Roth-401(k) plans are subject to the same annual contribution limits as regular 401(k) plans – $19,000 for 2019; $25,000 for those over age 50. These are cumulative limits that apply to all accounts with a single employer; for example, an individual couldn’t save $19,000 in a traditional 401(k) and another $19,000 in a Roth 401(k).4
Another factor to consider is that employer matches are made with pretax dollars, just as they are with a traditional 401(k) plan. In a Roth 401(k), however, these matching funds accumulate in a separate account, which will be taxed as ordinary income at withdrawal.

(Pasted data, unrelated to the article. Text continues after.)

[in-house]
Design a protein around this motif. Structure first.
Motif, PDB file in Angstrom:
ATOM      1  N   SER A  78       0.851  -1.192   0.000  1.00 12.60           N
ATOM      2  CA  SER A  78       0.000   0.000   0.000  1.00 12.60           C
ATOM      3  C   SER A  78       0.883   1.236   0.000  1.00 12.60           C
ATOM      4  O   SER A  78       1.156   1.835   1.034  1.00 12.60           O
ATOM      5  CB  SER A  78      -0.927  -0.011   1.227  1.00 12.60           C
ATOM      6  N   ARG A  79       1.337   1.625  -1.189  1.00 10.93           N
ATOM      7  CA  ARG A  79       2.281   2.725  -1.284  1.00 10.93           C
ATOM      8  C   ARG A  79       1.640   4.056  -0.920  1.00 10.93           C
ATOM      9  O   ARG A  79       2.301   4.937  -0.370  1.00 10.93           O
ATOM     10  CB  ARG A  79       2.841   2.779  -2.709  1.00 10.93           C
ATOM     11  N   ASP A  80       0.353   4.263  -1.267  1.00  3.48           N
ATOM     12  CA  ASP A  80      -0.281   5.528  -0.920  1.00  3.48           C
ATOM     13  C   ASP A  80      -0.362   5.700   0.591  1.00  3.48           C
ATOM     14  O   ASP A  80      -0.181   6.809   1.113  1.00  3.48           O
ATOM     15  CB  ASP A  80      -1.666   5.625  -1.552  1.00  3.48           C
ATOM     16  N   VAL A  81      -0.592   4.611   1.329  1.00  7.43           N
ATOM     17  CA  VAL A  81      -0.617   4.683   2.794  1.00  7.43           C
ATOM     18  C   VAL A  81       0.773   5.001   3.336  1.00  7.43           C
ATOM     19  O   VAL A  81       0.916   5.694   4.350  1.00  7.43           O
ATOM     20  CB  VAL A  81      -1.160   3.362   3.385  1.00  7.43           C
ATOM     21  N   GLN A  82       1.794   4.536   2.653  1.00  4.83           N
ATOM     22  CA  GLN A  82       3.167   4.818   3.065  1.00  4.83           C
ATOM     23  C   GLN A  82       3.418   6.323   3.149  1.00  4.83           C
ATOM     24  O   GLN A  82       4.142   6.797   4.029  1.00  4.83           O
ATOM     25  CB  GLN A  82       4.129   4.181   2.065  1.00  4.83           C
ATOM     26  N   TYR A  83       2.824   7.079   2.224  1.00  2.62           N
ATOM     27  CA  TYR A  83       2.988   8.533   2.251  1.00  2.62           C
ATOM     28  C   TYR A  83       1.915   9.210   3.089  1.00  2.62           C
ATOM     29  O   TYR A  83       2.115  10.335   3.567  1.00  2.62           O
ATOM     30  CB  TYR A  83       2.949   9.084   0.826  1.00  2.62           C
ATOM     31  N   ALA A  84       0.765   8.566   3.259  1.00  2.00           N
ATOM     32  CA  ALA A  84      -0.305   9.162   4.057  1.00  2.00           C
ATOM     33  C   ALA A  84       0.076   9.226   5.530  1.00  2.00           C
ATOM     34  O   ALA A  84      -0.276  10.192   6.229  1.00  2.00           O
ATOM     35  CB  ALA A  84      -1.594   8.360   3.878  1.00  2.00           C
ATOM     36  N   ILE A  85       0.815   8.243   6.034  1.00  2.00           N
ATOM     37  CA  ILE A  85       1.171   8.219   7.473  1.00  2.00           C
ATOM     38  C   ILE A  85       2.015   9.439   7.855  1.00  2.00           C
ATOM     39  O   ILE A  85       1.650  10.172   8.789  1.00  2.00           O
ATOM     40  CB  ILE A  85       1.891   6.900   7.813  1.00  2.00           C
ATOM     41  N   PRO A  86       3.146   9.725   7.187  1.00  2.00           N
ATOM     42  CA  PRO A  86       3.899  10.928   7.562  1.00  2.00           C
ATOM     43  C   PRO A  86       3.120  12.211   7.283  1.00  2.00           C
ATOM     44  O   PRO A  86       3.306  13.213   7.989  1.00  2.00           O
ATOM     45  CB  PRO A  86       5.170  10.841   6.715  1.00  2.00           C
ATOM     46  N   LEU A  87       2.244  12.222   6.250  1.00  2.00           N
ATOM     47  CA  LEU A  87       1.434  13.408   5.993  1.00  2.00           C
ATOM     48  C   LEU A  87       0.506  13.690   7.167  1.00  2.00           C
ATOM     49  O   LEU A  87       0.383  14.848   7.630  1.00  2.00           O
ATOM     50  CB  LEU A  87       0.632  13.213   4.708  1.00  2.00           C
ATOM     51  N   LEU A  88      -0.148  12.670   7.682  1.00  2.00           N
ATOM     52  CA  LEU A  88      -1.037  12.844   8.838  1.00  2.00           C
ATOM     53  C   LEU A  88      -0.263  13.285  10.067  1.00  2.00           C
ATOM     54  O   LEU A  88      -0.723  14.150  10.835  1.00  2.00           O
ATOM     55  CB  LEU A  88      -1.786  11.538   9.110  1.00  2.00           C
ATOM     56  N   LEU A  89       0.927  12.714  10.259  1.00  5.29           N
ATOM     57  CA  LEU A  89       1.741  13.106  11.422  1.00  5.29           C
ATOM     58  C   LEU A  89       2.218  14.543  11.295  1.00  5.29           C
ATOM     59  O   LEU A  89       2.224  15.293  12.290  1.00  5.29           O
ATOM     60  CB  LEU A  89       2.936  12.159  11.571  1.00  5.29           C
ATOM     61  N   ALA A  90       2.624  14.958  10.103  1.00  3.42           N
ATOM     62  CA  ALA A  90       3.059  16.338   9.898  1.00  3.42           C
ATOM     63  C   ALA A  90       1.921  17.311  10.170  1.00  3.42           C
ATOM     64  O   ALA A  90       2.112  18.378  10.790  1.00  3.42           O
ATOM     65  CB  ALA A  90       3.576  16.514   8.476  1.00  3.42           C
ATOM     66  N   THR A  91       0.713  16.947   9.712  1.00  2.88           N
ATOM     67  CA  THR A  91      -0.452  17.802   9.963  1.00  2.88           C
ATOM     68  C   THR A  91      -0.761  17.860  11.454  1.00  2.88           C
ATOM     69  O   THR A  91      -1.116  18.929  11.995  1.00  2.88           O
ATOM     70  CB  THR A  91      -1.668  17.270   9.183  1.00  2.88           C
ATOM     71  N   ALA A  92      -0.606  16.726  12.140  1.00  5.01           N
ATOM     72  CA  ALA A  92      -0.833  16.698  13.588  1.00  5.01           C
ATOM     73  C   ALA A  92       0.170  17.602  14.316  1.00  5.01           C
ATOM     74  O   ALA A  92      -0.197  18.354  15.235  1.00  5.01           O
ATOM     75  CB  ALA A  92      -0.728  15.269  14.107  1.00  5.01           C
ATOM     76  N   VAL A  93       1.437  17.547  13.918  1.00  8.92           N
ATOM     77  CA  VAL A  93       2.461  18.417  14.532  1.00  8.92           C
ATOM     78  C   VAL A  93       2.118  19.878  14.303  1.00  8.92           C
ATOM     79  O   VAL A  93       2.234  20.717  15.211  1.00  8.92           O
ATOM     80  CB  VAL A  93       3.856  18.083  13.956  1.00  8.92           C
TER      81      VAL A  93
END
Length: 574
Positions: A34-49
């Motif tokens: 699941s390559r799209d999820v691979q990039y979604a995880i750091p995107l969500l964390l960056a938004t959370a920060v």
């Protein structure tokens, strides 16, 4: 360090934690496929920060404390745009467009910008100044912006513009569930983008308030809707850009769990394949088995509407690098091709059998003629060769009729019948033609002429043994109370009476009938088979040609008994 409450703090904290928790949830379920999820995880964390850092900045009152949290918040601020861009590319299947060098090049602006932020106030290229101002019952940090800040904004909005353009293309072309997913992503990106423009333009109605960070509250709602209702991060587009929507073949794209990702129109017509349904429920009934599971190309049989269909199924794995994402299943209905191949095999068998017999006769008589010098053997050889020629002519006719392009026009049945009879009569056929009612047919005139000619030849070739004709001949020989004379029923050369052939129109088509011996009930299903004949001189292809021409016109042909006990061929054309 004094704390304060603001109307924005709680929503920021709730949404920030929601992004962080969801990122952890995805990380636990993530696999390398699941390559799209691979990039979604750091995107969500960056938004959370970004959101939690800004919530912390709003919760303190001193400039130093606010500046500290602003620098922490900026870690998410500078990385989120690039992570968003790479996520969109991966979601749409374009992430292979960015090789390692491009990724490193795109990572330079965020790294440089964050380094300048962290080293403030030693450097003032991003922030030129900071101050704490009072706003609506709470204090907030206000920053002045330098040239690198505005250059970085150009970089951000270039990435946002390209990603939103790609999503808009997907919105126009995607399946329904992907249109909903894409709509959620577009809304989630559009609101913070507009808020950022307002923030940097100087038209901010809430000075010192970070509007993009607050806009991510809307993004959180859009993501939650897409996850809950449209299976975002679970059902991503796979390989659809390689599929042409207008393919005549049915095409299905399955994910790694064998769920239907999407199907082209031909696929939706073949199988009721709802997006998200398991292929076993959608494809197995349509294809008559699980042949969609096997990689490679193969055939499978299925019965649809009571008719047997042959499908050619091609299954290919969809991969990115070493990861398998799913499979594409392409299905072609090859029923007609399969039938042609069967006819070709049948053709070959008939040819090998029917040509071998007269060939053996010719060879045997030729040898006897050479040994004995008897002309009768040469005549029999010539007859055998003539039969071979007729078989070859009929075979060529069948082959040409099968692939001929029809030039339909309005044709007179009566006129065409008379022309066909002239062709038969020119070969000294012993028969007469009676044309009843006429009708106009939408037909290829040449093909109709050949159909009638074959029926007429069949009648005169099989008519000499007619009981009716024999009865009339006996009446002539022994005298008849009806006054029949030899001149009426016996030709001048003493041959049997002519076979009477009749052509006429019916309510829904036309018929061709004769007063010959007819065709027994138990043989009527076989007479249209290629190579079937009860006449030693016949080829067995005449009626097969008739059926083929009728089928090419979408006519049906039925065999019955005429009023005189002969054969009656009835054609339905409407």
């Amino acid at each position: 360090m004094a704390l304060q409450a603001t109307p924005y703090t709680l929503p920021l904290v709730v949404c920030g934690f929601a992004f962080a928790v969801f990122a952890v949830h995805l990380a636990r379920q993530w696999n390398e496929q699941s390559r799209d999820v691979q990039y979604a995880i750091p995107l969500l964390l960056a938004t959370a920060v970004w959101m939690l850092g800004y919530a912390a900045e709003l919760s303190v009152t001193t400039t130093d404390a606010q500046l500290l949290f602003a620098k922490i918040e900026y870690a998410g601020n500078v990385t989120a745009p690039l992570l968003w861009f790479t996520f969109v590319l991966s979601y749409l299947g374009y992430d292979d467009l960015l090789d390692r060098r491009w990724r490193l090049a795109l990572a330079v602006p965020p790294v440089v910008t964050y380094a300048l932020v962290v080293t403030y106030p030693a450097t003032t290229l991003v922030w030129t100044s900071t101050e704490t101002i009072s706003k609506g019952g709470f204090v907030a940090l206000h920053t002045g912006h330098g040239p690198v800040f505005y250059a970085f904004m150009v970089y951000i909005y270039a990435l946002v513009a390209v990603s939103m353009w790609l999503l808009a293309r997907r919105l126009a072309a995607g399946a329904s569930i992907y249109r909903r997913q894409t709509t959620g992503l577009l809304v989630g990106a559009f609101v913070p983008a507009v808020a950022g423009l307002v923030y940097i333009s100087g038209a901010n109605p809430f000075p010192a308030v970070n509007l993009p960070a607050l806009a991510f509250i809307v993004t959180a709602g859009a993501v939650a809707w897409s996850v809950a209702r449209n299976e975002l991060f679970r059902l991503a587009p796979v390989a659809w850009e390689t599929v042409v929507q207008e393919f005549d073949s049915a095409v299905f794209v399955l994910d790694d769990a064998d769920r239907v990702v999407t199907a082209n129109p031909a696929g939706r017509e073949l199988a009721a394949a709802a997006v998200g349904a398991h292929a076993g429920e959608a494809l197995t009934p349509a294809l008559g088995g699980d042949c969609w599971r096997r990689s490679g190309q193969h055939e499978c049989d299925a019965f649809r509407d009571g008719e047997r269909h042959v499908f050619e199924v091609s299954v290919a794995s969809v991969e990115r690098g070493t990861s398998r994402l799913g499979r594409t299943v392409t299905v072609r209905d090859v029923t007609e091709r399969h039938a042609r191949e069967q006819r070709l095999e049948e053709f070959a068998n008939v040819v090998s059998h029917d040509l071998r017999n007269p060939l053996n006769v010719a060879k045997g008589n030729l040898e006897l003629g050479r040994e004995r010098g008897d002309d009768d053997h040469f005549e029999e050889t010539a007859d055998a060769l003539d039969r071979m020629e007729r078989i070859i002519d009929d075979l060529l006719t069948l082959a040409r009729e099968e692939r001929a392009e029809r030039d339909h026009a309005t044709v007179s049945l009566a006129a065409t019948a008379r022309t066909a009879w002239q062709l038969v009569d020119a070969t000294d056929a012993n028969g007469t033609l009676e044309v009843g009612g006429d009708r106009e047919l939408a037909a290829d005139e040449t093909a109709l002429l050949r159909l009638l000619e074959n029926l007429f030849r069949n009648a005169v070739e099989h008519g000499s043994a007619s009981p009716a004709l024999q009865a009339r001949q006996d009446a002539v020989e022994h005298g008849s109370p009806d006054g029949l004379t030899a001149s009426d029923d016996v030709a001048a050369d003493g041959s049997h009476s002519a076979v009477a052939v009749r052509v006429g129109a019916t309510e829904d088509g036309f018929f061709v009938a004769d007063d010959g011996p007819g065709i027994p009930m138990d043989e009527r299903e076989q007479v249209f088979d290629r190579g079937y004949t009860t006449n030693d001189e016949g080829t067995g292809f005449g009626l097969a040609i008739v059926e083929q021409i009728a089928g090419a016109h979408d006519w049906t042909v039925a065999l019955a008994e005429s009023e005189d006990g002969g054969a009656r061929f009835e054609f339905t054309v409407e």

Setting money aside for retirement is part of a sound personal financial strategy. Deciding whether to use a traditional 401(k) or a Roth 401(k) often involves reviewing a wide range of factors. If you are uncertain about what is the best choice for your situation, you should consider working with a qualified tax or financial professional.